If the holidays hindered your best tax-efficiency intentions, take heart. There are areas where you have until the 2020 tax filing deadline to take action, overriding a December 31, 2019 deadline assumption. Here are two, last-minute tax saving strategies of which you can still take advantage.
Traditional IRA Contributions
One last-minute, tax saving strategy is contributing to your traditional IRA. If you were younger than 70-½ on December 31, 2019 and had earned income for the year, the IRS allows you and/or your spouse (even if he or she has no earned income) to make traditional IRA contributions up until the tax filing deadline of April 15, 2020. The age restriction on traditional IRA contributions has been removed for 2020 and beyond, thanks to the recently passed SECURE ACT.
The maximum contribution for 2019 is $6,000, or $7,000 if you were age 50 or older last year. These contributions are fully deductible, unless you or your spouse are covered by a retirement plan at work. In that case, the deductibility of these contributions is subject to certain income limits.
If you are single and covered by a retirement plan at work, the deduction completely phases out if your Modified Adjusted Gross Income (MAGI) exceeds $74,000.
For couples, if you file jointly and you are covered by a retirement plan at work, your deduction completely phases out if your combined MAGI exceeds $123,000. If you’re not covered by a retirement plan at work, but your spouse is, your deduction completely phases out if your combined MAGI exceeds $203,000.
It’s worth noting that even if your traditional IRA contribution is non-deductible, or only partially deductible, it still offers additional advantages in terms of tax-deferred growth and future Roth conversion opportunities.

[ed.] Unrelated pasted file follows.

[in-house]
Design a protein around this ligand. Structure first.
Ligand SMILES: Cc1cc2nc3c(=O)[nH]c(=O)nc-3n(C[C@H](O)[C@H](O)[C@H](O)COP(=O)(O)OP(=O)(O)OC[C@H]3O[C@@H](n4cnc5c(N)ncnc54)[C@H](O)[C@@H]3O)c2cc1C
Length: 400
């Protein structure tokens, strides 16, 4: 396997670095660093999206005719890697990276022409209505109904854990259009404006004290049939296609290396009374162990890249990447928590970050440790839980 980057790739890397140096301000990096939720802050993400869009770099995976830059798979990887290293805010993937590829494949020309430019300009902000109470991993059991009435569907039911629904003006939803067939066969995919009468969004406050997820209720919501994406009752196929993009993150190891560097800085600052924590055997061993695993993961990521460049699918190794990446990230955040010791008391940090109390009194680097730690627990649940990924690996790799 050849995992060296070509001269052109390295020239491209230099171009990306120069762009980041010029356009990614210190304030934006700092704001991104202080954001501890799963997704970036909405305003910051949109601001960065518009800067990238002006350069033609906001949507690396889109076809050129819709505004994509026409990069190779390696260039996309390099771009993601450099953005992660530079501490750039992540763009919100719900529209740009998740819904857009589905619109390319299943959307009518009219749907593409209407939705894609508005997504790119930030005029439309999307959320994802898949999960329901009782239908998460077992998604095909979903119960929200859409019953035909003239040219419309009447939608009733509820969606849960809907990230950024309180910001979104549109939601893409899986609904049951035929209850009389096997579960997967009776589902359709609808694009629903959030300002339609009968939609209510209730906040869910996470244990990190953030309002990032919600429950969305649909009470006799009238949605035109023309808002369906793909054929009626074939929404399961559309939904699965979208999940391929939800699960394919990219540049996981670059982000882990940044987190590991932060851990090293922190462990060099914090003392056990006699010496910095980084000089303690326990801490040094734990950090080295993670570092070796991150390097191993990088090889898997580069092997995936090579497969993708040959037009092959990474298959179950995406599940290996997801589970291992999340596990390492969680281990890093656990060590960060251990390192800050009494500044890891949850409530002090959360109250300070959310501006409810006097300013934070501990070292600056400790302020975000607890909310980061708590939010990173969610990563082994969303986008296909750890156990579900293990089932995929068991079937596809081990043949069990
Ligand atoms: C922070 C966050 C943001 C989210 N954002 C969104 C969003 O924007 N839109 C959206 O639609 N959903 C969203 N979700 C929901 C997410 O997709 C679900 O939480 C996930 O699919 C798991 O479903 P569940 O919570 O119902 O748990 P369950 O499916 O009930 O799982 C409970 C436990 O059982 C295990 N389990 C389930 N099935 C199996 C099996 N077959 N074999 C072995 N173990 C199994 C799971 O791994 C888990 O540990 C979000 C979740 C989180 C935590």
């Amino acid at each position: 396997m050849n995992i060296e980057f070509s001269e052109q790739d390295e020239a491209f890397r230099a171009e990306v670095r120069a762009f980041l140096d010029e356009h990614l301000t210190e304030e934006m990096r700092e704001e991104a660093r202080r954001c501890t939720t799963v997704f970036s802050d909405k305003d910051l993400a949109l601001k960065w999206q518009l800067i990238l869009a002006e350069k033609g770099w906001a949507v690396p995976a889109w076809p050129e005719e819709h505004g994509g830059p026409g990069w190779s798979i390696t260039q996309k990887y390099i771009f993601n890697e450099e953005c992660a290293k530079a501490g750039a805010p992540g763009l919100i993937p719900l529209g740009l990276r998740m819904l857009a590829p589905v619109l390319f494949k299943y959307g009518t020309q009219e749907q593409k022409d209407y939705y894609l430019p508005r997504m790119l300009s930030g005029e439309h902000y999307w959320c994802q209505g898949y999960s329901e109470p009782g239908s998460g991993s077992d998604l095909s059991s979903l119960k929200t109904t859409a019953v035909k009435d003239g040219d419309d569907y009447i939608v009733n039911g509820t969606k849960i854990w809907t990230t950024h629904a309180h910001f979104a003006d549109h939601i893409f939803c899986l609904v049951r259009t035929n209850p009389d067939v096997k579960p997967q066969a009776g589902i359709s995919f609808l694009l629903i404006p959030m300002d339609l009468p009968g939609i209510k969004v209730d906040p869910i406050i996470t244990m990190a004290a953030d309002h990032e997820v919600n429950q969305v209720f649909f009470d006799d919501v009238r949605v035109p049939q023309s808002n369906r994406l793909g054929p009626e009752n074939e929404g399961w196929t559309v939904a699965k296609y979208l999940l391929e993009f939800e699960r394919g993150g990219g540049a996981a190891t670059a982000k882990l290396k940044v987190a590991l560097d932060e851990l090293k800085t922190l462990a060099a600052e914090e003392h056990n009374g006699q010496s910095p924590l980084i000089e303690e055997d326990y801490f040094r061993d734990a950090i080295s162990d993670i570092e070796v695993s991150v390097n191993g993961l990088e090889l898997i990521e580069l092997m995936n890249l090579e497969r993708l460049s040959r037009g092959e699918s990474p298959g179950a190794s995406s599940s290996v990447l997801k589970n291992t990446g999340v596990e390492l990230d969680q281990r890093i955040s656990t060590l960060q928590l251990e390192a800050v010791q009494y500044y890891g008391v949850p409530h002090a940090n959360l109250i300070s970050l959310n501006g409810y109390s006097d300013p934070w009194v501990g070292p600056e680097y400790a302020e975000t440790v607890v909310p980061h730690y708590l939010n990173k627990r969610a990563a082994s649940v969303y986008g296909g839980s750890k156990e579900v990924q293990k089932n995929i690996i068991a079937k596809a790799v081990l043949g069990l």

Health Savings Accounts (HSAs)
Another last-minute, tax saving strategy is contributing to your HSA. If you have a high-deductible health insurance plan through work (deductible of at least $1,350 for single coverage or $2,700 for family coverage, with an out-of-pocket maximum of $6,750 and $13,500, respectively), you are eligible to contribute to an HSA up until the tax filing deadline of April 15, 2020. You can contribute up to $3,500, if you have single healthcare coverage, or up to $7,000 for family coverage. If you were 55 or older at any time during 2019, you can contribute an additional $1,000 to your HSA.
The contributions you make are 100% tax deductible but be sure to take into account any contributions your employer might make on your behalf. Employer contributions count towards the maximum contribution limit and cannot be deducted on your return. Regardless, contributing to your HSA remains one of the best tax strategies available. Your personal contributions not only save you taxes on the front end, but also grow tax-free and come out tax-free if used for qualified medical expenses.
Not surprisingly, the ability to adjust your taxes diminishes considerably after the tax-year ends, so the best course of action is to begin thinking about tax savings strategies early in the year. The advisors at Budros, Ruhlin & Roe are well-versed in the intricacies of tax planning and consider it a valuable, ongoing piece of comprehensive wealth management. We often partner with your existing accountant to leverage our collective skills and arrive at the very best tax strategies to benefit you and your family. If you or someone you know is looking for guidance with wealth and tax planning, we would welcome a conversation to identify how we can help.
Michael Kline, CFP®
Senior Wealth Manager